First, consider who is likely to select into an insurance scheme when benefits increase. Most likely these would be people who would anticipate substantial savings from doing so—that is, people anticipating significant medical expenses in the newly covered categories. Having such people join the treatment group would bias estimates of savings from the Green Card scheme downward. One might also be concerned that the drop in the fraction of Green Card holders and the increase in those with Social Insurance might bias our results. They may, but again we think this may bias our estimates of reductions in expenses downwards. To move from Green Card to Social Insurance, one would most likely have to obtain a job, and healthy people with money to spend on medical care would be the ones most likely to leave the Green Card group. Finally, the Green Card group having a larger representation of rural residents might be troubling, especially if the rural participants had lower average expenditures than urban participants. Surprisingly, this is not the case. In our sample before and after the increase in Green Card benefits, rural household had larger out-of-pocket expenses on average than urban households.
The survey samples all settlements in the territory of the Republic of Turkey. Institutional populations (soldiers, individuals living in dormitories, prisons, long-term hospital residents, homes for the elderly, etc) are excluded from the survey. We include in panel 1 our identification strategy and estimating equations.
Panel 1: identification strategy and estimating equations
Our main interest is whether Green Card holders are protected from out-of-pocket healthcare expenditures with respect to doctor visits, dental care, diagnostic services, pharmaceutical expenses and total household medical spending which includes all types of healthcare expenses. We compare those who report having Green Card insurance (the treated sample) with those who have other types of insurance (the comparison sample) at the time of the survey.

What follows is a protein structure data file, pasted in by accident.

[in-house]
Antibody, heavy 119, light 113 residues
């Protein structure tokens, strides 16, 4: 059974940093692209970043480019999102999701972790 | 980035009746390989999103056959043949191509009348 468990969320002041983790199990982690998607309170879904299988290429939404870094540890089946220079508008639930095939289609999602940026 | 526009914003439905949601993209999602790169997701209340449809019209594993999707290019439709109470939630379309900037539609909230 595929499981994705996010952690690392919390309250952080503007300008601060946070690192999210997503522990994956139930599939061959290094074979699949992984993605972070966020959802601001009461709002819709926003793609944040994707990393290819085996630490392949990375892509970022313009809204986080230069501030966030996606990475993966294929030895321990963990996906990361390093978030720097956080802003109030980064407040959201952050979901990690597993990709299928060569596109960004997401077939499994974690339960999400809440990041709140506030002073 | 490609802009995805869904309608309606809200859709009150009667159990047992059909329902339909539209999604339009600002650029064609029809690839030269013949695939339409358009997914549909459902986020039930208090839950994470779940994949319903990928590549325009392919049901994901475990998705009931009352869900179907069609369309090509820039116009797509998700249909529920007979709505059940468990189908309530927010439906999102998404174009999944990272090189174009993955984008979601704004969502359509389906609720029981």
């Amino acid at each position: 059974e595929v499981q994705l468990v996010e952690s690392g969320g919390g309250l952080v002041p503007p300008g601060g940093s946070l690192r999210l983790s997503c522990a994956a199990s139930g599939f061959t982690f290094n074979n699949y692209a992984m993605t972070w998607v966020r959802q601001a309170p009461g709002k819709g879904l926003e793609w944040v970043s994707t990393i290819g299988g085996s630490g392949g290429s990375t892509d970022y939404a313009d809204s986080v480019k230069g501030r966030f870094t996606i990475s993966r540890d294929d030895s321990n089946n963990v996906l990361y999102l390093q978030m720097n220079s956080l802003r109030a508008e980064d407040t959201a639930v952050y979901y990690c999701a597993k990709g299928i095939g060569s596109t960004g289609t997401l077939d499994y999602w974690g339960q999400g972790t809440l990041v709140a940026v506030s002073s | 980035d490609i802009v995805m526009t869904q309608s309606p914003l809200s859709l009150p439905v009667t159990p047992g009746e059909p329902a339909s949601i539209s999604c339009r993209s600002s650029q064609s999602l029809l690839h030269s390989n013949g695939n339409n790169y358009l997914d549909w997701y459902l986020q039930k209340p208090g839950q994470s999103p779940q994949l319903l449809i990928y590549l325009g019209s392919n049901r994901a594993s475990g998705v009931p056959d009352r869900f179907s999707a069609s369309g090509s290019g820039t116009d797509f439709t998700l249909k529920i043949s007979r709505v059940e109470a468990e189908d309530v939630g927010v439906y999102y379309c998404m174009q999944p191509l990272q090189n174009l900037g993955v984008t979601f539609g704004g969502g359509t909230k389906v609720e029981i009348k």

The comparison group includes those with social insurance (includes Sosyal Sigortalar Kurumufor formal sector employees, Bağ-Kur for self-employed and artisans, Emekli Sandığı for retired civil employees), private insurance and uninsured who report not having any form of insurance. Those with these insurances are a good comparison group because there was no shift in their insurance coverage at the time of the policy change.
As our main analysis, Eq. (1) would compare those who have a Green Card with those who are considered to fall within one of these comparison groups: social insurance, private insurance or other insurance and uninsured. All groups were combined into one comparison group. For all outcomes of interest, we use the years from 2003 through 2006, 2005 being the cut-off so that we observe equal numbers of periods before and after the change.
The advantage of difference-in-differences estimation over a before-and-after comparison is that it controls for trends affecting not only those in the treatment group but also the population in general.28 Its advantage over a postchange comparison of those treated and those not treated is that it allows for initial differences in the two groups. The difference-in-differences technique improves on both of these alternatives by controlling both for initial differences between the two groups as well as changes before and after due to a common trend.
The double-difference estimate of benefits expansion in insurance coverage is estimated by Eq. (1):